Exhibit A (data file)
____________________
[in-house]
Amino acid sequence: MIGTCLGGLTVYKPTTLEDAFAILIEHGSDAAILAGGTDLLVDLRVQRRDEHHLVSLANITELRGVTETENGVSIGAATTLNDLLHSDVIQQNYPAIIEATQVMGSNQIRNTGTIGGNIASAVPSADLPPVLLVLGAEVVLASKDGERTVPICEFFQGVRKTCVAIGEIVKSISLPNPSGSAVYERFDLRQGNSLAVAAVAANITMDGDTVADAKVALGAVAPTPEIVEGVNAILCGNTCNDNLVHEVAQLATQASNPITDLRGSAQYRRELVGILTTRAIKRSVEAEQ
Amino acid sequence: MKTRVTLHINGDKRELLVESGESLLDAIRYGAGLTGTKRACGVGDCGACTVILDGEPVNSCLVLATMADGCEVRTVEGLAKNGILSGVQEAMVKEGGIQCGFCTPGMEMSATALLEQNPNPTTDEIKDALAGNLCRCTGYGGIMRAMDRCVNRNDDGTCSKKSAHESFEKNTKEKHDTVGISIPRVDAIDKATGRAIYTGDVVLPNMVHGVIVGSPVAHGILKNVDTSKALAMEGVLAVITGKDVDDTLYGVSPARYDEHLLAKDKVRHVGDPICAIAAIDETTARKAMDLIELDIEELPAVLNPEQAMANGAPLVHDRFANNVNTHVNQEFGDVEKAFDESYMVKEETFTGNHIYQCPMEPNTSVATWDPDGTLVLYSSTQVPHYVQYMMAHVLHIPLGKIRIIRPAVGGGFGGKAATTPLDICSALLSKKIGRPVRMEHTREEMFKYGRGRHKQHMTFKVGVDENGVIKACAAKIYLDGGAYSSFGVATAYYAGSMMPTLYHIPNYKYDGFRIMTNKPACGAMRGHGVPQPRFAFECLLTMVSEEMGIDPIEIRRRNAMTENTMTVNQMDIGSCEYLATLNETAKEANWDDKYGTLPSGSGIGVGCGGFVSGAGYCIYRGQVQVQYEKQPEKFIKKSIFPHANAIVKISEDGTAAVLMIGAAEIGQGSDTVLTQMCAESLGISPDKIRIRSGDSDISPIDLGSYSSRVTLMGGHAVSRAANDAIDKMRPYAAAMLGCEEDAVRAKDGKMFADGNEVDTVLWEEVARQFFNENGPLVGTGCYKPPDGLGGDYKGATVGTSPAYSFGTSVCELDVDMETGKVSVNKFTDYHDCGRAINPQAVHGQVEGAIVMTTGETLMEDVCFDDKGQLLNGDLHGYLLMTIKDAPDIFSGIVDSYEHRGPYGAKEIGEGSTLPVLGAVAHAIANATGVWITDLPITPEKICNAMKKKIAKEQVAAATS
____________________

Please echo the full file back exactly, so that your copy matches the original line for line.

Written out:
[in-house]
Amino acid sequence: MIGTCLGGLTVYKPTTLEDAFAILIEHGSDAAILAGGTDLLVDLRVQRRDEHHLVSLANITELRGVTETENGVSIGAATTLNDLLHSDVIQQNYPAIIEATQVMGSNQIRNTGTIGGNIASAVPSADLPPVLLVLGAEVVLASKDGERTVPICEFFQGVRKTCVAIGEIVKSISLPNPSGSAVYERFDLRQGNSLAVAAVAANITMDGDTVADAKVALGAVAPTPEIVEGVNAILCGNTCNDNLVHEVAQLATQASNPITDLRGSAQYRRELVGILTTRAIKRSVEAEQ
Amino acid sequence: MKTRVTLHINGDKRELLVESGESLLDAIRYGAGLTGTKRACGVGDCGACTVILDGEPVNSCLVLATMADGCEVRTVEGLAKNGILSGVQEAMVKEGGIQCGFCTPGMEMSATALLEQNPNPTTDEIKDALAGNLCRCTGYGGIMRAMDRCVNRNDDGTCSKKSAHESFEKNTKEKHDTVGISIPRVDAIDKATGRAIYTGDVVLPNMVHGVIVGSPVAHGILKNVDTSKALAMEGVLAVITGKDVDDTLYGVSPARYDEHLLAKDKVRHVGDPICAIAAIDETTARKAMDLIELDIEELPAVLNPEQAMANGAPLVHDRFANNVNTHVNQEFGDVEKAFDESYMVKEETFTGNHIYQCPMEPNTSVATWDPDGTLVLYSSTQVPHYVQYMMAHVLHIPLGKIRIIRPAVGGGFGGKAATTPLDICSALLSKKIGRPVRMEHTREEMFKYGRGRHKQHMTFKVGVDENGVIKACAAKIYLDGGAYSSFGVATAYYAGSMMPTLYHIPNYKYDGFRIMTNKPACGAMRGHGVPQPRFAFECLLTMVSEEMGIDPIEIRRRNAMTENTMTVNQMDIGSCEYLATLNETAKEANWDDKYGTLPSGSGIGVGCGGFVSGAGYCIYRGQVQVQYEKQPEKFIKKSIFPHANAIVKISEDGTAAVLMIGAAEIGQGSDTVLTQMCAESLGISPDKIRIRSGDSDISPIDLGSYSSRVTLMGGHAVSRAANDAIDKMRPYAAAMLGCEEDAVRAKDGKMFADGNEVDTVLWEEVARQFFNENGPLVGTGCYKPPDGLGGDYKGATVGTSPAYSFGTSVCELDVDMETGKVSVNKFTDYHDCGRAINPQAVHGQVEGAIVMTTGETLMEDVCFDDKGQLLNGDLHGYLLMTIKDAPDIFSGIVDSYEHRGPYGAKEIGEGSTLPVLGAVAHAIANATGVWITDLPITPEKICNAMKKKIAKEQVAAATS